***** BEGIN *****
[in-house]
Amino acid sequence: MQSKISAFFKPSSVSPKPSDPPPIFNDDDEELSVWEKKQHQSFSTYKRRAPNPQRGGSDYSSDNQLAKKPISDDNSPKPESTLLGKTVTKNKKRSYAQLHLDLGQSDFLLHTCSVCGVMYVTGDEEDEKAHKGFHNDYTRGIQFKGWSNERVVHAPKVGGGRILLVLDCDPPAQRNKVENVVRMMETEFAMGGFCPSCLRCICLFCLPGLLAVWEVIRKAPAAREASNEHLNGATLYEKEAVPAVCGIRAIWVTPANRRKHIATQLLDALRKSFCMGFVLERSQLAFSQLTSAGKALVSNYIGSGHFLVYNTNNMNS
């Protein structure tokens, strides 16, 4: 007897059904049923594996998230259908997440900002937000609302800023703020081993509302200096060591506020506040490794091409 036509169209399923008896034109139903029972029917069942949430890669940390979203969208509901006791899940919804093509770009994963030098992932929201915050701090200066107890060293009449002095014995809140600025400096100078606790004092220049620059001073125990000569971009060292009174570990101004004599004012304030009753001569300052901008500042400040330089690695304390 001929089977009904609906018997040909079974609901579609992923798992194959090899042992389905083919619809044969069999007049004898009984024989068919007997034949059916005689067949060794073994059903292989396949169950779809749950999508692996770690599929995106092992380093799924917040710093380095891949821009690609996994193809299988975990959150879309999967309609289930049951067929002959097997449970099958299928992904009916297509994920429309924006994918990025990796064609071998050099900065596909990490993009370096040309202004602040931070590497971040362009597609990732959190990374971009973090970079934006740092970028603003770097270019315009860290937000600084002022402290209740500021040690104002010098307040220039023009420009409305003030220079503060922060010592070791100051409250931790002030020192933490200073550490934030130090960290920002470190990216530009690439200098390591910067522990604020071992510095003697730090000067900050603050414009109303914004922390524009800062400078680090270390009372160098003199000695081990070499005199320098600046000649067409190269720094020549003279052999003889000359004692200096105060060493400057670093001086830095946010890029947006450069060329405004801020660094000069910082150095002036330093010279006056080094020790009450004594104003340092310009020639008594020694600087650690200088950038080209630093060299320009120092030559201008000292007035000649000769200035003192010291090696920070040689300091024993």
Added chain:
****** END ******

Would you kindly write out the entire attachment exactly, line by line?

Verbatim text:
[in-house]
Amino acid sequence: MQSKISAFFKPSSVSPKPSDPPPIFNDDDEELSVWEKKQHQSFSTYKRRAPNPQRGGSDYSSDNQLAKKPISDDNSPKPESTLLGKTVTKNKKRSYAQLHLDLGQSDFLLHTCSVCGVMYVTGDEEDEKAHKGFHNDYTRGIQFKGWSNERVVHAPKVGGGRILLVLDCDPPAQRNKVENVVRMMETEFAMGGFCPSCLRCICLFCLPGLLAVWEVIRKAPAAREASNEHLNGATLYEKEAVPAVCGIRAIWVTPANRRKHIATQLLDALRKSFCMGFVLERSQLAFSQLTSAGKALVSNYIGSGHFLVYNTNNMNS
């Protein structure tokens, strides 16, 4: 007897059904049923594996998230259908997440900002937000609302800023703020081993509302200096060591506020506040490794091409 036509169209399923008896034109139903029972029917069942949430890669940390979203969208509901006791899940919804093509770009994963030098992932929201915050701090200066107890060293009449002095014995809140600025400096100078606790004092220049620059001073125990000569971009060292009174570990101004004599004012304030009753001569300052901008500042400040330089690695304390 001929089977009904609906018997040909079974609901579609992923798992194959090899042992389905083919619809044969069999007049004898009984024989068919007997034949059916005689067949060794073994059903292989396949169950779809749950999508692996770690599929995106092992380093799924917040710093380095891949821009690609996994193809299988975990959150879309999967309609289930049951067929002959097997449970099958299928992904009916297509994920429309924006994918990025990796064609071998050099900065596909990490993009370096040309202004602040931070590497971040362009597609990732959190990374971009973090970079934006740092970028603003770097270019315009860290937000600084002022402290209740500021040690104002010098307040220039023009420009409305003030220079503060922060010592070791100051409250931790002030020192933490200073550490934030130090960290920002470190990216530009690439200098390591910067522990604020071992510095003697730090000067900050603050414009109303914004922390524009800062400078680090270390009372160098003199000695081990070499005199320098600046000649067409190269720094020549003279052999003889000359004692200096105060060493400057670093001086830095946010890029947006450069060329405004801020660094000069910082150095002036330093010279006056080094020790009450004594104003340092310009020639008594020694600087650690200088950038080209630093060299320009120092030559201008000292007035000649000769200035003192010291090696920070040689300091024993």
Added chain: